When are
elements ignored when within a paragraph?

I have found out that sometimes, <br> elements are not rendered in the browsers I use (Firefox and Chrome).

<p>Hello<br></p>
<p>Hello<br></p>

will be rendered the same as :

<p>Hello</p>
<p>Hello</p>

In the same way,

<p>Hello <a href="https://ddg.gg">ddg<br></a></p>
<p>Hello</p>

and :

<p>Hello <a href="https://ddg.gg">ddg</a></p>
<p>Hello</p>

will also be rendered without any linebreaks when opened in the browser.

I couldn’t find the section in the HTML spec that specifies this behavior, do you know where to find the spec for this or could you phrase this behavior in a simple way ?

I would also be interested in reasons for having this behavior if you know them.

EDIT : I know it is quite “incorrect” to place br elements at this position in the HTML, I’m not the one who generates this HTML, but I need to convert this HTML to another format so I’m interested in understanding how browsers handle this case.

Answer

In my opinion most browsers follow the WHATWG specification and I would do it also. World Wide Web Consortium (W3C) has On 28 May 2019 announced that WHATWG would be the sole publisher of the HTML and DOM standards. If we have in this specification following rules only, then I would follow those rules.

WHATWG has following recommendations for br element:

The br element represents a line break.

Note: While line breaks are usually represented in visual media by physically moving subsequent text to a new line, a style sheet or user agent would be equally justified in causing line breaks to be rendered in a different manner, for instance as green dots, or as extra spacing.

br elements must be used only for line breaks that are actually part of the content, as in poems or addresses.

The following example is correct usage of the br element:

<p>P. Sherman<br>
42 Wallaby Way<br>
Sydney</p>

br elements must not be used for separating thematic groups in a paragraph.

The following examples are non-conforming, as they abuse the br element:

<p><a ...>34 comments.</a><br>
<a ...>Add a comment.</a></p>
<p><label>Name: <input name="name"></label><br>
<label>Address: <input name="address"></label></p>

Here are alternatives to the above, which are correct:

<p><a ...>34 comments.</a></p>
<p><a ...>Add a comment.</a></p>
<p><label>Name: <input name="name"></label></p>
<p><label>Address: <input name="address"></label></p>

If a paragraph consists of nothing but a single br element, it represents a placeholder blank line (e.g. as in a template). Such blank lines must not be used for presentation purposes.

Any content inside br elements must not be considered part of the surrounding text.

Note: This element has rendering requirements involving the bidirectional algorithm.

Source: WHATWG: The br element

In your examples you have br elements in <br></p> and in <br></a></p> on the end of <p> element. The new line on the end of this element does nothing, but only in this case. In such of this cases you can ignore it. It is also the same in the case of br elements in <br></a></div> and in <br></div> on the end of <div> element.

Cite from WHATWG recommendations (see above): If a paragraph consists of nothing but a single br element, it represents a placeholder blank line. Also it is not empty (like user kalkronline wrote). And in case of W3C and WHATWG opinions conflict user agents have to follow WHATWG recomandations (see above).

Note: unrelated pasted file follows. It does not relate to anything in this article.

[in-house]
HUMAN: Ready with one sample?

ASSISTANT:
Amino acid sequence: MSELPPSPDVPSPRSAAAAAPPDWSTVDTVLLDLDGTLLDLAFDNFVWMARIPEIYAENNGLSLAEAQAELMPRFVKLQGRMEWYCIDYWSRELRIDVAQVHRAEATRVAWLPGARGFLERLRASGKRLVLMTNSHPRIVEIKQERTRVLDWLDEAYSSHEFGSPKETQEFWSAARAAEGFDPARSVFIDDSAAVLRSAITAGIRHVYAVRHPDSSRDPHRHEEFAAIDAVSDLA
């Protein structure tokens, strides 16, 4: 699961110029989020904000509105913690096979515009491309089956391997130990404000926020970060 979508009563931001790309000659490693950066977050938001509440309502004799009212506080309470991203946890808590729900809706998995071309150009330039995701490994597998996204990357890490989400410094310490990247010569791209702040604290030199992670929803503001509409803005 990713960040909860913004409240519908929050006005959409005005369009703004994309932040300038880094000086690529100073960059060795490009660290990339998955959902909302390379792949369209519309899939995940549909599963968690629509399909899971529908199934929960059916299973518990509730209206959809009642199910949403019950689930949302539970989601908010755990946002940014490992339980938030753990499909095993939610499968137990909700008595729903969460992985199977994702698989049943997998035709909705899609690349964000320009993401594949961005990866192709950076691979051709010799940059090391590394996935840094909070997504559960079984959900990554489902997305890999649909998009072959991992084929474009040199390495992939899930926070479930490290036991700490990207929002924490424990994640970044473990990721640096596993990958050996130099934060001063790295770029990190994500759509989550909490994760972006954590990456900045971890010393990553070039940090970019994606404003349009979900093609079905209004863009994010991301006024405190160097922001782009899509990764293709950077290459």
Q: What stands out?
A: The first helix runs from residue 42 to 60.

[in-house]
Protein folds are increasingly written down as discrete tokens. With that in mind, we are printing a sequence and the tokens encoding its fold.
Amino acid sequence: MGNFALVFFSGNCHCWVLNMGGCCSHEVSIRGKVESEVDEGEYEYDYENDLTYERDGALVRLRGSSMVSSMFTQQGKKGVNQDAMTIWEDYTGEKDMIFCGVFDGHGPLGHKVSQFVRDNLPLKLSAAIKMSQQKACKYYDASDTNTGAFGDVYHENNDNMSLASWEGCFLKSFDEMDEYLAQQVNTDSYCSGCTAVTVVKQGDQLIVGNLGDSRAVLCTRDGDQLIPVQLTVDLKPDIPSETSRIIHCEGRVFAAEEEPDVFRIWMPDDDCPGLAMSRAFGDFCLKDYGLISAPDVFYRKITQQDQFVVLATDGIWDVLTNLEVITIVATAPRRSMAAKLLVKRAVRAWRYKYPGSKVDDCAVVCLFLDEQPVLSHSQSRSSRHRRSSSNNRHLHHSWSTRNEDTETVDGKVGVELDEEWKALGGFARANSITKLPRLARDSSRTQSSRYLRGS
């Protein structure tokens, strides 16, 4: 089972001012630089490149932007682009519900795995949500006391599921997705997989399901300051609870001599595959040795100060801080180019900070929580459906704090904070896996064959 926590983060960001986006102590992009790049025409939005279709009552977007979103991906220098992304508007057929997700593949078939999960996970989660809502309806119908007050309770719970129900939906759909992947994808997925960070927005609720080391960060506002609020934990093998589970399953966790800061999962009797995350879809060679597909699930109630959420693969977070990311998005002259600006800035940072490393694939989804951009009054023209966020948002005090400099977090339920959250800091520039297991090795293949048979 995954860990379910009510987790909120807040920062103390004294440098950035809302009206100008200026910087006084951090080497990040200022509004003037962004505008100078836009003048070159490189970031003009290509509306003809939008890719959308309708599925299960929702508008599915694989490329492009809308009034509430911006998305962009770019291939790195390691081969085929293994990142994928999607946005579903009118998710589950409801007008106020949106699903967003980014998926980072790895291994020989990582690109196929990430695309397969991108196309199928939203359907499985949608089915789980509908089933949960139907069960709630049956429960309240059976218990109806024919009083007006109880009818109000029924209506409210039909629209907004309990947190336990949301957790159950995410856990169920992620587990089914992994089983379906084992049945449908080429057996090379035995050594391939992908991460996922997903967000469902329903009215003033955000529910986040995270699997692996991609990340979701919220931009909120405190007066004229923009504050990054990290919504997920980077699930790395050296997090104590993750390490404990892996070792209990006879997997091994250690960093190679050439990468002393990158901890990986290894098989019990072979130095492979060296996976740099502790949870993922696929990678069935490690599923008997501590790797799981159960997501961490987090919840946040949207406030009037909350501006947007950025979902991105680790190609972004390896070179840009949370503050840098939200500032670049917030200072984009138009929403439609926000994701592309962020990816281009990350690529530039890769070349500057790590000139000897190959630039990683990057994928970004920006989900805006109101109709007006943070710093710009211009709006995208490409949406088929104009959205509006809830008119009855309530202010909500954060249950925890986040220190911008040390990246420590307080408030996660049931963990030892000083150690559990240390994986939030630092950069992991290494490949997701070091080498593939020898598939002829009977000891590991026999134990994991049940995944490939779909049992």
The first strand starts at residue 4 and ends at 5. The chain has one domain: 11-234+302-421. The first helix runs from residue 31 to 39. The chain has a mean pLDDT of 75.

Do not forget about style possibility (for ex. clear) for br element.


Update from 25/06/2020

I want to post and explain the cite from WHATWG recommendations again(see above):

If a paragraph consists of nothing but a single br element, it represents a placeholder blank line.

This is showed like:

p{border:1px dashed red}
<b>1. example:</b>
<code>&lt;p&gt;&lt;br&gt;&lt;/p&gt;</code>
<p><br></p>
<b>2. example:</b>
<code>&lt;p&gt;I am a line&lt;br&gt;&lt;br&gt;&lt;/p&gt;</code>
<p>I am a line<br><br></p>
<b>3. example:</b>
<code>&lt;p&gt;&lt;/p&gt;</code>
<p></p>

The case in first example means that this represents a placeholder blank line. And this is not empty! Why? Because a placeholder blank line has some font size properties. In other case it would be like in third example – empty.

The case in the second example shows us two br elements on the end of block element and we can see that last br element was ignored, but the second br element from the end has his own line.

The user kalkronline has done the research again, but he has found wrong explanation wih misinterpretation from user Rei. The explanation from user Rei is only at the first look logical, but if we read what I wrote than we will see that he has done logical mistakes. My second example shows us user’s Rei mistake because according to his description we would have to have an empty line. The cite from user’s Rei misinterpretation:

Because the line has zero characters, it is rendered as an empty line.

But it is because no elements follows after it in this block element!

Conclusion

I would like to write some rules for your converter:

  1. If a paragraph consists of nothing but a single br element, it represents a placeholder blank line (from WHATWG recommendations)
  2. All br elements at the end of block elements if after them is nothing coming should be ignored.
  3. Only the last br element from two or more br elements on the end of block elements has to be ignored. But previous br elements have to have an own line with font size height.
  4. You have to follow all WHATWG recommendations.

Usefull links:

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